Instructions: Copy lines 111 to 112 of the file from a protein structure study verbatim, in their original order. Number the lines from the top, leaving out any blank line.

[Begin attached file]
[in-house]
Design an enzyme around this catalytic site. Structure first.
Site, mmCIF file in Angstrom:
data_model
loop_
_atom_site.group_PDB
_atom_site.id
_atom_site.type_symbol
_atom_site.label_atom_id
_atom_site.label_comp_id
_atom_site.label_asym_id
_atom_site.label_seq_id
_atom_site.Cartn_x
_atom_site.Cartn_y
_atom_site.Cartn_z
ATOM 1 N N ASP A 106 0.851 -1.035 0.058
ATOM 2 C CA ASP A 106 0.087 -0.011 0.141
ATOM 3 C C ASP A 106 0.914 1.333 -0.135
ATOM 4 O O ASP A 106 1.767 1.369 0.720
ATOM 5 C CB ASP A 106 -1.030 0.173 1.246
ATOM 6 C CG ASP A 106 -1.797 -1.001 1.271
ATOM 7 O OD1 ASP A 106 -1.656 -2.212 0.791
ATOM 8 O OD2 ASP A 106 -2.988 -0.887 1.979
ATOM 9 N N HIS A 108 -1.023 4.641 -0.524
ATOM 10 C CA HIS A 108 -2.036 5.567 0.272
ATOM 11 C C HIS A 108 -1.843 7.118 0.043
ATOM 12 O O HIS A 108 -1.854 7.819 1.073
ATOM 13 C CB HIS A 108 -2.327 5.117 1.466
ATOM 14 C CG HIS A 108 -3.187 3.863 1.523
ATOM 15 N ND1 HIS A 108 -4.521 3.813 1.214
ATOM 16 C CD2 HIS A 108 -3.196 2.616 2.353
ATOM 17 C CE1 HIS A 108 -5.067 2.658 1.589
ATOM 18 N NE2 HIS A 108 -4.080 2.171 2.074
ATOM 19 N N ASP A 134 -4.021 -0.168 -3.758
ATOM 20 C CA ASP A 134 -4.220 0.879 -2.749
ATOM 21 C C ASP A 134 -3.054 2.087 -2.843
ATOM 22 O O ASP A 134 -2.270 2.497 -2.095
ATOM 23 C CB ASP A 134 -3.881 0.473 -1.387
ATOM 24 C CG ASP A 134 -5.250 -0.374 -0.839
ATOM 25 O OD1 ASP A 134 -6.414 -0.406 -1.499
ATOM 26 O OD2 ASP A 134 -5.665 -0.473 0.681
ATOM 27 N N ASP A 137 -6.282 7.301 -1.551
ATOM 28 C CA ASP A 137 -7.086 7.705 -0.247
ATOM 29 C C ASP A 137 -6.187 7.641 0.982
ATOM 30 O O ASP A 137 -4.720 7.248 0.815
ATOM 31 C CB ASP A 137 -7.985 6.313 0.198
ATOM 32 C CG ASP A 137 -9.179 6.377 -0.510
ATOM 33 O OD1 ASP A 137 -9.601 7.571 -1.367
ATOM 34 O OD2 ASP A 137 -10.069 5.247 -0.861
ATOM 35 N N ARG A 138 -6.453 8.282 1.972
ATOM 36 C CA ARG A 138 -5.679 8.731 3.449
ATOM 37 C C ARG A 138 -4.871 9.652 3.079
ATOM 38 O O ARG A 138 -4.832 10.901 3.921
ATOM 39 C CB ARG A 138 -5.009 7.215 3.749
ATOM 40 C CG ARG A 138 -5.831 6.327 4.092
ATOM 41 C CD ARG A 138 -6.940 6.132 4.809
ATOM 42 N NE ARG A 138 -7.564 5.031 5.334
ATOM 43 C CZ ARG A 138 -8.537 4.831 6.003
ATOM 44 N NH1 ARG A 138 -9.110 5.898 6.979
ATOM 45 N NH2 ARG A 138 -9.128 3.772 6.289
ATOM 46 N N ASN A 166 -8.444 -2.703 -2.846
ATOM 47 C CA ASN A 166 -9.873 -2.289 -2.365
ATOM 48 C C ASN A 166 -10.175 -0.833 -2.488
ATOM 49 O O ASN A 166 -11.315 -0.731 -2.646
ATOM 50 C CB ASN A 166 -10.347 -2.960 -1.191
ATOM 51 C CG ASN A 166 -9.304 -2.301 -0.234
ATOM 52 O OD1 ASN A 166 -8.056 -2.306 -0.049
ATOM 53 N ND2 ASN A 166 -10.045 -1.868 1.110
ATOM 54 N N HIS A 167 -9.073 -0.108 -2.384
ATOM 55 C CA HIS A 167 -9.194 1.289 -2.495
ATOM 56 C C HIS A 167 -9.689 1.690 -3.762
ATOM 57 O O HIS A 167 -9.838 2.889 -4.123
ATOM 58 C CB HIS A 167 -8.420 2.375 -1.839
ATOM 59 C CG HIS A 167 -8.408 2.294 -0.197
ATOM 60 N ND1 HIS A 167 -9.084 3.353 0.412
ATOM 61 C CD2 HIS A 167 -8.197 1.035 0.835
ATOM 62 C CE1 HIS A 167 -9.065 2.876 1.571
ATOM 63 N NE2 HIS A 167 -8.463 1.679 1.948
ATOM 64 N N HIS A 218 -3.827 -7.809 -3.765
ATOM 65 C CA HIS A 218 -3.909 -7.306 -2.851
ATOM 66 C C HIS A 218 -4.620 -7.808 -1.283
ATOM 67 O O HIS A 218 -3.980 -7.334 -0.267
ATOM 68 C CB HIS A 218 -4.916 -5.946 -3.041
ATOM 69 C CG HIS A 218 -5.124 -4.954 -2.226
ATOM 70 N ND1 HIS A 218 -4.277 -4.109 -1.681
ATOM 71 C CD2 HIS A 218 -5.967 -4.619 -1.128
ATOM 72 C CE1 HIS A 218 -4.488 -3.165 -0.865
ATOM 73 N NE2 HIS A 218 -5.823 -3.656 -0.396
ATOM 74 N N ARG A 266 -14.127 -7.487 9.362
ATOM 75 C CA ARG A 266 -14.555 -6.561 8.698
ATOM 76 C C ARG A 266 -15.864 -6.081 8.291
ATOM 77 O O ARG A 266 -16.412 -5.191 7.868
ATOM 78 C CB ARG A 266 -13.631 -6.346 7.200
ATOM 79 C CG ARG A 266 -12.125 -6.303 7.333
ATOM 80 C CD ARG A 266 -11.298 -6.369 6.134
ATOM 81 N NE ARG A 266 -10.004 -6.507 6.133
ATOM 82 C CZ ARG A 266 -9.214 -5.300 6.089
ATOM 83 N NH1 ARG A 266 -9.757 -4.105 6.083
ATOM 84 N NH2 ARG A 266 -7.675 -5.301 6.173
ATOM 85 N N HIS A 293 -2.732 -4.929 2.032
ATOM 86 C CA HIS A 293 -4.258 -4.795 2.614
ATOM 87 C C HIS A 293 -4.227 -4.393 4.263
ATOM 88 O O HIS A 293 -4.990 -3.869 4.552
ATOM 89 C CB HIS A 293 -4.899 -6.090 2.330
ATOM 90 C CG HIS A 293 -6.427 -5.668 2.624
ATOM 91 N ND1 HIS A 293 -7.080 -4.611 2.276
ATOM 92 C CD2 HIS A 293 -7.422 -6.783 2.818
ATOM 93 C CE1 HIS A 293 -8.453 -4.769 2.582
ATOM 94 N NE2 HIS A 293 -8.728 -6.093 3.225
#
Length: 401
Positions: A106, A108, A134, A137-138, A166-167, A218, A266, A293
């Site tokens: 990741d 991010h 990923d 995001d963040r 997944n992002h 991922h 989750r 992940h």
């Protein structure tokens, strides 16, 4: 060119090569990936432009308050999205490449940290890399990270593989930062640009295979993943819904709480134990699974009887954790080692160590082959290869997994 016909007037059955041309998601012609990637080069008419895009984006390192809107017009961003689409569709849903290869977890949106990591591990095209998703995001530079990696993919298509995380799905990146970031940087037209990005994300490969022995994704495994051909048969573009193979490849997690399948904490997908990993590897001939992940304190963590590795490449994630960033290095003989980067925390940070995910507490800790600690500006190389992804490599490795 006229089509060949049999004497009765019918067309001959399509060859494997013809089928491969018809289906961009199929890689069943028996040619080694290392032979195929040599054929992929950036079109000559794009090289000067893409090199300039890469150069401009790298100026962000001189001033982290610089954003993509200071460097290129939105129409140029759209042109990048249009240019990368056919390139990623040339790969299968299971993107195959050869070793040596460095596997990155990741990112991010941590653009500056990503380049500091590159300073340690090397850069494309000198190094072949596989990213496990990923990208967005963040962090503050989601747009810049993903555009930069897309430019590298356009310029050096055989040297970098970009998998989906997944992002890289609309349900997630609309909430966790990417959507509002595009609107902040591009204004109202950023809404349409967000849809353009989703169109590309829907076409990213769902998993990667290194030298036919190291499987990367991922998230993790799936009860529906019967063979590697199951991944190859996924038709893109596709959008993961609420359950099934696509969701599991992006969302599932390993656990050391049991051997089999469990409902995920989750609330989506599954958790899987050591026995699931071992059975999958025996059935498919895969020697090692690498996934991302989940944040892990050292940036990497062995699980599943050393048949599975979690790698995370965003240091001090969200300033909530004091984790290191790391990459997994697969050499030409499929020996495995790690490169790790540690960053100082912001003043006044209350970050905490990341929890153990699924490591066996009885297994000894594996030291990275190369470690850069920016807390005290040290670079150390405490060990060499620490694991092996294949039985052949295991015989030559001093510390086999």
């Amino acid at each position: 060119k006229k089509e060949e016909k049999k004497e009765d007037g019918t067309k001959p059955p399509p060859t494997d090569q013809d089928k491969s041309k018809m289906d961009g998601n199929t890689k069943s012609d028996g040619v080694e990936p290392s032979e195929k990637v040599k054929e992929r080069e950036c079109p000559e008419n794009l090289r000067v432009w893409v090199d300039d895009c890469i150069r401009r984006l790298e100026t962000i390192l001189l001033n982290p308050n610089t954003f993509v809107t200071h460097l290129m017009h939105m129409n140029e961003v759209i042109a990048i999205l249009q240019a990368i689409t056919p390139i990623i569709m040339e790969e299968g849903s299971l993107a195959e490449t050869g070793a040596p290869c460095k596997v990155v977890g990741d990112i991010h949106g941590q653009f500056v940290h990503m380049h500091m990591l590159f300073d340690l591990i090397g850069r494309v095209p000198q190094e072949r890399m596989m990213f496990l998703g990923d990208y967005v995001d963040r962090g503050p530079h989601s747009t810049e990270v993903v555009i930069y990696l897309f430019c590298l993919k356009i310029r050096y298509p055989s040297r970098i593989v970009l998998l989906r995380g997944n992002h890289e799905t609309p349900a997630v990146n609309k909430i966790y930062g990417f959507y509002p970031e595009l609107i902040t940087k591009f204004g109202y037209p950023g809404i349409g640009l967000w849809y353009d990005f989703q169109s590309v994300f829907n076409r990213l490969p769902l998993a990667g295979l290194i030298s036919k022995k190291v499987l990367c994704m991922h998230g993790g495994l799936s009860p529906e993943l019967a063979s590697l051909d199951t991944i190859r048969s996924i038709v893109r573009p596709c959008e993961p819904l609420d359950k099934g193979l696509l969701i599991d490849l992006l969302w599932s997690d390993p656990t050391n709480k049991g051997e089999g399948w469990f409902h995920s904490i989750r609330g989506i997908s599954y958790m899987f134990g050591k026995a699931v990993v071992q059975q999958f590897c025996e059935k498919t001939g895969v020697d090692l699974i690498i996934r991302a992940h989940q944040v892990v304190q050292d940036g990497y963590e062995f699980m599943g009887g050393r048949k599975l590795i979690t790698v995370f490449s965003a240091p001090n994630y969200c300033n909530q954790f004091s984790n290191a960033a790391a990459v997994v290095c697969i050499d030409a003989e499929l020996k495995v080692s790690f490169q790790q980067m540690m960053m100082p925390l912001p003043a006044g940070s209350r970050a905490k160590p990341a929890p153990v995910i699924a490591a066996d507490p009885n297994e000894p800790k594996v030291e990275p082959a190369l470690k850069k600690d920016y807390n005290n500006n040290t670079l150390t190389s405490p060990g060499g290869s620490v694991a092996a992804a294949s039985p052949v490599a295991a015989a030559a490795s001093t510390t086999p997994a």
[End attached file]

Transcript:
Length: 401
Positions: A106, A108, A134, A137-138, A166-167, A218, A266, A293